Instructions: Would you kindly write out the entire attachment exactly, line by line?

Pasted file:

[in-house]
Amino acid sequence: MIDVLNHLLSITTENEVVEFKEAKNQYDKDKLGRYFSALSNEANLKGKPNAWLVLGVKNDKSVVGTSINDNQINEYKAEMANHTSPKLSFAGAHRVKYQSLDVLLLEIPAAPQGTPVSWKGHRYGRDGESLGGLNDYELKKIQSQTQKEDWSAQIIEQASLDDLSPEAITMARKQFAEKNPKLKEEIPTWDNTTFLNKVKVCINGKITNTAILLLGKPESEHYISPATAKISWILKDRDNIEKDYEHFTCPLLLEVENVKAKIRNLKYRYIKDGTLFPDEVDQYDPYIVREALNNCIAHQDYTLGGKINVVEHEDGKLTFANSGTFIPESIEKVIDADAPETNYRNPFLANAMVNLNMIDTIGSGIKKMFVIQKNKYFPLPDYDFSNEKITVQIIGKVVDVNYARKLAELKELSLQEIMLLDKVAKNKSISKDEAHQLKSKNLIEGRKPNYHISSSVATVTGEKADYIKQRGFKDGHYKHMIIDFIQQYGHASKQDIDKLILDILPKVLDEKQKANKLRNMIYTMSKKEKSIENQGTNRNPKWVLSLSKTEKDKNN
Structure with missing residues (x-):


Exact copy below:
[in-house]
Amino acid sequence: MIDVLNHLLSITTENEVVEFKEAKNQYDKDKLGRYFSALSNEANLKGKPNAWLVLGVKNDKSVVGTSINDNQINEYKAEMANHTSPKLSFAGAHRVKYQSLDVLLLEIPAAPQGTPVSWKGHRYGRDGESLGGLNDYELKKIQSQTQKEDWSAQIIEQASLDDLSPEAITMARKQFAEKNPKLKEEIPTWDNTTFLNKVKVCINGKITNTAILLLGKPESEHYISPATAKISWILKDRDNIEKDYEHFTCPLLLEVENVKAKIRNLKYRYIKDGTLFPDEVDQYDPYIVREALNNCIAHQDYTLGGKINVVEHEDGKLTFANSGTFIPESIEKVIDADAPETNYRNPFLANAMVNLNMIDTIGSGIKKMFVIQKNKYFPLPDYDFSNEKITVQIIGKVVDVNYARKLAELKELSLQEIMLLDKVAKNKSISKDEAHQLKSKNLIEGRKPNYHISSSVATVTGEKADYIKQRGFKDGHYKHMIIDFIQQYGHASKQDIDKLILDILPKVLDEKQKANKLRNMIYTMSKKEKSIENQGTNRNPKWVLSLSKTEKDKNN
Structure with missing residues (x-):